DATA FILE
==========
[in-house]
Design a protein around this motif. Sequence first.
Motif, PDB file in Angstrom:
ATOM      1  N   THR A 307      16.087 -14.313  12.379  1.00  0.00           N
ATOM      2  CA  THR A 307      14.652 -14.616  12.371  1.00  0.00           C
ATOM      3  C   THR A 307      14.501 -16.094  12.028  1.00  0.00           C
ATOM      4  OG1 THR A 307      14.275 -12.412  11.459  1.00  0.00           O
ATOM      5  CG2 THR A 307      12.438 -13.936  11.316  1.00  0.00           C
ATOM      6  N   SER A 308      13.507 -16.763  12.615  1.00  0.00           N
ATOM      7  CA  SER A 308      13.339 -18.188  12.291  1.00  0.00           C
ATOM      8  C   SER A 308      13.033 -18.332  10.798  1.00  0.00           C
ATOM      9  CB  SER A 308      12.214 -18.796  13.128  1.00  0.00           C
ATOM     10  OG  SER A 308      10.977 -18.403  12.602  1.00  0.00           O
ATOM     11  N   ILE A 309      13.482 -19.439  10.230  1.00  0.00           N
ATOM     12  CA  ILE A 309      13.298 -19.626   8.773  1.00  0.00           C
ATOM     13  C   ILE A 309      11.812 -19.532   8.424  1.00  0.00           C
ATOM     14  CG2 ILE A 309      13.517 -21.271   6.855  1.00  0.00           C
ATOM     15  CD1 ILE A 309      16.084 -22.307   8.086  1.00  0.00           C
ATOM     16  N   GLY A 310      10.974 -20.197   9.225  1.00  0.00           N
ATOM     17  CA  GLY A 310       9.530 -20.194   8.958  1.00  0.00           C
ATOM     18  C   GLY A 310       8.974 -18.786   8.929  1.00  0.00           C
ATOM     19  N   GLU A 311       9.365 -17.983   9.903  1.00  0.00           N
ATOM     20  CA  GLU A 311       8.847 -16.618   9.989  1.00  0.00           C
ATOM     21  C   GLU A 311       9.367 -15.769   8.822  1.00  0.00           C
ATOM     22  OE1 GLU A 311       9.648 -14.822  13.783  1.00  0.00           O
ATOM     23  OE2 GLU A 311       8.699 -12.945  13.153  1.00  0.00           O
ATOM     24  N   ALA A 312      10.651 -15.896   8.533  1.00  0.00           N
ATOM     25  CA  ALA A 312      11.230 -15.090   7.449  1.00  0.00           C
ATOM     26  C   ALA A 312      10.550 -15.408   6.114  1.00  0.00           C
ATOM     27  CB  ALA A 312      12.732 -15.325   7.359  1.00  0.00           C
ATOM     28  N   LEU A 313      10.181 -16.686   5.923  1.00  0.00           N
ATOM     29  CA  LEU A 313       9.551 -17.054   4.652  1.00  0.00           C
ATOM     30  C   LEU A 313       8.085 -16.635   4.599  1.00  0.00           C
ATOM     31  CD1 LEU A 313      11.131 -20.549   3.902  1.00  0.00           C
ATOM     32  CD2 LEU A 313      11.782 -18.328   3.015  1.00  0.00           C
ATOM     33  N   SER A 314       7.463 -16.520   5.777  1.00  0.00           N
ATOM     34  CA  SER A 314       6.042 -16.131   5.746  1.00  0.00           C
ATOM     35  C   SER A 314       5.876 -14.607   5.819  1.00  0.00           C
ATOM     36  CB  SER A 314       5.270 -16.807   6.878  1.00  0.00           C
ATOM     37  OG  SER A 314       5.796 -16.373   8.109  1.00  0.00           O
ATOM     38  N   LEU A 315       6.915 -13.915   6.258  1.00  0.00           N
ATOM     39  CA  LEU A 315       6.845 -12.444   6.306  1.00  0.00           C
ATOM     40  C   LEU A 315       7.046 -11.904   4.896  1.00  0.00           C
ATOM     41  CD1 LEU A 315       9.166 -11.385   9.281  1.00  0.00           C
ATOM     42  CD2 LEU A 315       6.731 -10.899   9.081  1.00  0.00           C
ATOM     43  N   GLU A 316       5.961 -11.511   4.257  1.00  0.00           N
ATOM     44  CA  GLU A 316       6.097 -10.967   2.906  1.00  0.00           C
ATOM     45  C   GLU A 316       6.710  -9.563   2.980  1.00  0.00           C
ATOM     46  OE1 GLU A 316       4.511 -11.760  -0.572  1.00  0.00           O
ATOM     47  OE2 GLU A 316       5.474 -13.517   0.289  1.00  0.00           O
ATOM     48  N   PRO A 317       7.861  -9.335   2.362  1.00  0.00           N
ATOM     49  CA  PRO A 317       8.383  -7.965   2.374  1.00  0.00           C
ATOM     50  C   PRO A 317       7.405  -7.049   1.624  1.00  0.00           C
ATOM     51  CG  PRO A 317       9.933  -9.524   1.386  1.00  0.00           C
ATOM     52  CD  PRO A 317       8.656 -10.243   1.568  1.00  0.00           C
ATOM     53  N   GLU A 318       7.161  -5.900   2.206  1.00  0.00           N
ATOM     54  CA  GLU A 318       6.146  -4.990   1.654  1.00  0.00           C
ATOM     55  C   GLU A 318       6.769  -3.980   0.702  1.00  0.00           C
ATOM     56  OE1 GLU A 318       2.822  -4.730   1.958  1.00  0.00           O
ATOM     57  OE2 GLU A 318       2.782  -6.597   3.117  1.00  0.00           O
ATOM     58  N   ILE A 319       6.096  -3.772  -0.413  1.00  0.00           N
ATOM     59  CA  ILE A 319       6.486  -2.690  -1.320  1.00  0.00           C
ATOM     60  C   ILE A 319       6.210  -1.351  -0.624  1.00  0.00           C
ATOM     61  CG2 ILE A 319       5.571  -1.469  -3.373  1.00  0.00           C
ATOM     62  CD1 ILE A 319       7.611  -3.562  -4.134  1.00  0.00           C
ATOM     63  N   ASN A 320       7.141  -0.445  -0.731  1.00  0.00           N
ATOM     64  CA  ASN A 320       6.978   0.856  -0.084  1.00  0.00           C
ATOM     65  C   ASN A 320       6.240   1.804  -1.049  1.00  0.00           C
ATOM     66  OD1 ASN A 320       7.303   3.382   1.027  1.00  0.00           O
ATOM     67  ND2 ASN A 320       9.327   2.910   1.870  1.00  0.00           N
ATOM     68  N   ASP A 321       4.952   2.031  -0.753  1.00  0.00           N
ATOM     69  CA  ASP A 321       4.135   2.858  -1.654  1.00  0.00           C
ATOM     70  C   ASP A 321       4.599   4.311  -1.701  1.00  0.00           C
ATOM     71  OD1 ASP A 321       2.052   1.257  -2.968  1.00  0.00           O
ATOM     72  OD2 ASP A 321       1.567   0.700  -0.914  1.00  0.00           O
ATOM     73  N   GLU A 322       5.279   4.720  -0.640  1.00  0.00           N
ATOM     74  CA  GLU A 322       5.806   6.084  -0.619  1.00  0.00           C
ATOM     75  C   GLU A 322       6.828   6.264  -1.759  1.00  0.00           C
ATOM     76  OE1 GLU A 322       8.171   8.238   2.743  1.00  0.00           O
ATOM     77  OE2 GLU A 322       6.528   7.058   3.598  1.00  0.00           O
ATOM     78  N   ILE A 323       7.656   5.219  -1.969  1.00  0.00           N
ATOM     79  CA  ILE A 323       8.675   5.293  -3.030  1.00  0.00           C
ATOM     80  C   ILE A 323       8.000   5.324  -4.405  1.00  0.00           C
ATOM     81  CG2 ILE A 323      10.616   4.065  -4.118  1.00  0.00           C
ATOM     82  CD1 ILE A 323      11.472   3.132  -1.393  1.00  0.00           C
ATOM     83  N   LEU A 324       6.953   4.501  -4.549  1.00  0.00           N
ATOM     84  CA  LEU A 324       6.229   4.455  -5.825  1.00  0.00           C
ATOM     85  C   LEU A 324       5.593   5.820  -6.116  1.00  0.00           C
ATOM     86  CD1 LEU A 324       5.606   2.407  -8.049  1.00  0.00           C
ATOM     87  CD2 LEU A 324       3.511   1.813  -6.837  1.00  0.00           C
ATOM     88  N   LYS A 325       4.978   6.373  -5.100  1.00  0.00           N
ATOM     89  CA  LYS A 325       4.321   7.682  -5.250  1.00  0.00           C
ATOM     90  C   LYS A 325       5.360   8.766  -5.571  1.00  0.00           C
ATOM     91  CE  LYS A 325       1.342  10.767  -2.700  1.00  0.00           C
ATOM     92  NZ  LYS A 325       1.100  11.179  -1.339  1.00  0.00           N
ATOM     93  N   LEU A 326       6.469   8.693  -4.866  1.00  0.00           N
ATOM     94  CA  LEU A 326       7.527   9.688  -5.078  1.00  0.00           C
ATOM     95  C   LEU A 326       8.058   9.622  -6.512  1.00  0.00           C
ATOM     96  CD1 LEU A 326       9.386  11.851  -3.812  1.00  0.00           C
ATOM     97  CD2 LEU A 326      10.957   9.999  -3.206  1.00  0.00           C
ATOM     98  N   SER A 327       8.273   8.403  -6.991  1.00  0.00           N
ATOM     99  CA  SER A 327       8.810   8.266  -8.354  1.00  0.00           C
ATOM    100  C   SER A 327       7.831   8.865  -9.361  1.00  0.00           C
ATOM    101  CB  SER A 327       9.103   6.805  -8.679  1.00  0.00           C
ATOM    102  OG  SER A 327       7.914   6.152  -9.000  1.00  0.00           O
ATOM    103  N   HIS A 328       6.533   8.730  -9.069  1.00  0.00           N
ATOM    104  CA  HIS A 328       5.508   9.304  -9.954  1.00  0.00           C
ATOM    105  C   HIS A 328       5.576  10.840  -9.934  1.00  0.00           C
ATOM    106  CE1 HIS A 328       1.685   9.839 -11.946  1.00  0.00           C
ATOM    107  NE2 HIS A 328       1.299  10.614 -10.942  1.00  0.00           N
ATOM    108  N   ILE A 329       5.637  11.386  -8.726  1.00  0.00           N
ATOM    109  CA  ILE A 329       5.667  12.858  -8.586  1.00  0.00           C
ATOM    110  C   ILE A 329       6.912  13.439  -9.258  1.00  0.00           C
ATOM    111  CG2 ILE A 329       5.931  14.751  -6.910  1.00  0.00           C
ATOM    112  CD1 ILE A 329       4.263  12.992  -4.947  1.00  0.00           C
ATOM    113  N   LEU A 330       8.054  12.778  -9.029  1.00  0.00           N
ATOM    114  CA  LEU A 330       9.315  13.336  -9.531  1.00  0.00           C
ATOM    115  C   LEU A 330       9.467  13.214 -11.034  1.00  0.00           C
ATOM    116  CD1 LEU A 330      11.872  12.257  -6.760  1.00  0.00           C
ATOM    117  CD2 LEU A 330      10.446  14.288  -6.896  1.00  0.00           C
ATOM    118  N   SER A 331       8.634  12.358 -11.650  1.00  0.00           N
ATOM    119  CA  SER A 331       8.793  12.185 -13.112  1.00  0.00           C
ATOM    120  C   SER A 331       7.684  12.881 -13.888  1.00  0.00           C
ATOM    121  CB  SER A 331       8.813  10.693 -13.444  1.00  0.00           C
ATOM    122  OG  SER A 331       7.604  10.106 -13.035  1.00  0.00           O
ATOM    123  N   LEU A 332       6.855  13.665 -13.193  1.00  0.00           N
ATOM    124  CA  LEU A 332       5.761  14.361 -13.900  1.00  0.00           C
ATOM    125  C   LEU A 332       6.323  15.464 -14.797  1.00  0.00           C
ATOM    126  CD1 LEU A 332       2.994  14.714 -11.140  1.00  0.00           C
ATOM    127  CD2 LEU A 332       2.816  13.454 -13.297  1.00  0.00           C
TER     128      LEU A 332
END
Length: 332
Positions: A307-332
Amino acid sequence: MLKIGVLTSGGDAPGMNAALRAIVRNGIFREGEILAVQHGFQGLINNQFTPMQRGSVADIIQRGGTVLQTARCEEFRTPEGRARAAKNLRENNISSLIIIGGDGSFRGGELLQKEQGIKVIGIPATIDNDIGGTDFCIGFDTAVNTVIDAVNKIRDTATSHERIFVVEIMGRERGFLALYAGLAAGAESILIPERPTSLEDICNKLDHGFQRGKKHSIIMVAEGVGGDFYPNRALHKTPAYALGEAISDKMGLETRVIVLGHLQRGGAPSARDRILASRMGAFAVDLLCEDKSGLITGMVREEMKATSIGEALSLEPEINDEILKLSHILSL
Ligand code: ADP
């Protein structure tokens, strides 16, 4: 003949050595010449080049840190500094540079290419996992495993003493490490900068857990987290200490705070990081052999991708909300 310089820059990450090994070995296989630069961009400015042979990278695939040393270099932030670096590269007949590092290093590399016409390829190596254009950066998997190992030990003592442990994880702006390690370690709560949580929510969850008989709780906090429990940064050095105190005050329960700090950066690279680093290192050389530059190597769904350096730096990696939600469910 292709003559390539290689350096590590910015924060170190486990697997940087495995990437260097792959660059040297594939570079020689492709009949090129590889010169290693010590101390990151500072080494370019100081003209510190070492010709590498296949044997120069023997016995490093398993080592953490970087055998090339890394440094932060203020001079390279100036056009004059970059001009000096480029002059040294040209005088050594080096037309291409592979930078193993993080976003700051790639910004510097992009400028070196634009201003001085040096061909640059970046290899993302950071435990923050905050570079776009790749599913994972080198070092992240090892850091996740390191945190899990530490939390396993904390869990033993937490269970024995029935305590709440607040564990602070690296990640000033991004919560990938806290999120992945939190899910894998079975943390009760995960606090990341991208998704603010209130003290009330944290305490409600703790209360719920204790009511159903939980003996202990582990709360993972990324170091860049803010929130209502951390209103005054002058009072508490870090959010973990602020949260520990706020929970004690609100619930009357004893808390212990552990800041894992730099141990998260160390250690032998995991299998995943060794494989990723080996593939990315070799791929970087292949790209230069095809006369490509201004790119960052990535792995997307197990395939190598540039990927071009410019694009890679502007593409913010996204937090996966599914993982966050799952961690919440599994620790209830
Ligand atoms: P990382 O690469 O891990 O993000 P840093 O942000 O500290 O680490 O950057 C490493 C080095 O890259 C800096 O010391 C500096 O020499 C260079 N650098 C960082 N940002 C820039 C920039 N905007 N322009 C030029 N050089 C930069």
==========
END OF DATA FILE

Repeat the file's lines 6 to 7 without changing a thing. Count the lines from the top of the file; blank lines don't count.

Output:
ATOM      3  C   THR A 307      14.501 -16.094  12.028  1.00  0.00           C
ATOM      4  OG1 THR A 307      14.275 -12.412  11.459  1.00  0.00           O